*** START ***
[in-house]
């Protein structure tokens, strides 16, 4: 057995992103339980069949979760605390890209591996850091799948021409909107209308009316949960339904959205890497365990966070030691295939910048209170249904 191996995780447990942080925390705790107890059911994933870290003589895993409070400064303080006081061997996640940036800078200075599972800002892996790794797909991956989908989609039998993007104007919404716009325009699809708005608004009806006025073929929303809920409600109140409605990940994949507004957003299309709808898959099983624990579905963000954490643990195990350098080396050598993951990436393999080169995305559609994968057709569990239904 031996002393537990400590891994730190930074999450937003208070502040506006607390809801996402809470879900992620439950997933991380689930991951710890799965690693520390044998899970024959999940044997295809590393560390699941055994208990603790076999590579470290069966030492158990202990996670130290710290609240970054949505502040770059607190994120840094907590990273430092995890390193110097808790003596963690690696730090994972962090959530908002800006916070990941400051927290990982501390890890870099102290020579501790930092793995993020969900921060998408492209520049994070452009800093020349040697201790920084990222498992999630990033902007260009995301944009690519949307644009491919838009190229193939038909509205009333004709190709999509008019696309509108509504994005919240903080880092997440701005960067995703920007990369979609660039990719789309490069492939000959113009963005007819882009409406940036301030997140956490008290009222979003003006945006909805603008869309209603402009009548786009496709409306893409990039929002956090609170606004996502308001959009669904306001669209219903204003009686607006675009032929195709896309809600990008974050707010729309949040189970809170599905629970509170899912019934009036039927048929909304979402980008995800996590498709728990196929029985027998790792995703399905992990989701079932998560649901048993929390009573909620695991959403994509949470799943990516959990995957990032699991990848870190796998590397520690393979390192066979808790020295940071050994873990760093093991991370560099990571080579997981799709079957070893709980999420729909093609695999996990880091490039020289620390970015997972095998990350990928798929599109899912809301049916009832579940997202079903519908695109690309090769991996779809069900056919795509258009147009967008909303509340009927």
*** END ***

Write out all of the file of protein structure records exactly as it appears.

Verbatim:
[in-house]
């Protein structure tokens, strides 16, 4: 057995992103339980069949979760605390890209591996850091799948021409909107209308009316949960339904959205890497365990966070030691295939910048209170249904 191996995780447990942080925390705790107890059911994933870290003589895993409070400064303080006081061997996640940036800078200075599972800002892996790794797909991956989908989609039998993007104007919404716009325009699809708005608004009806006025073929929303809920409600109140409605990940994949507004957003299309709808898959099983624990579905963000954490643990195990350098080396050598993951990436393999080169995305559609994968057709569990239904 031996002393537990400590891994730190930074999450937003208070502040506006607390809801996402809470879900992620439950997933991380689930991951710890799965690693520390044998899970024959999940044997295809590393560390699941055994208990603790076999590579470290069966030492158990202990996670130290710290609240970054949505502040770059607190994120840094907590990273430092995890390193110097808790003596963690690696730090994972962090959530908002800006916070990941400051927290990982501390890890870099102290020579501790930092793995993020969900921060998408492209520049994070452009800093020349040697201790920084990222498992999630990033902007260009995301944009690519949307644009491919838009190229193939038909509205009333004709190709999509008019696309509108509504994005919240903080880092997440701005960067995703920007990369979609660039990719789309490069492939000959113009963005007819882009409406940036301030997140956490008290009222979003003006945006909805603008869309209603402009009548786009496709409306893409990039929002956090609170606004996502308001959009669904306001669209219903204003009686607006675009032929195709896309809600990008974050707010729309949040189970809170599905629970509170899912019934009036039927048929909304979402980008995800996590498709728990196929029985027998790792995703399905992990989701079932998560649901048993929390009573909620695991959403994509949470799943990516959990995957990032699991990848870190796998590397520690393979390192066979808790020295940071050994873990760093093991991370560099990571080579997981799709079957070893709980999420729909093609695999996990880091490039020289620390970015997972095998990350990928798929599109899912809301049916009832579940997202079903519908695109690309090769991996779809069900056919795509258009147009967008909303509340009927």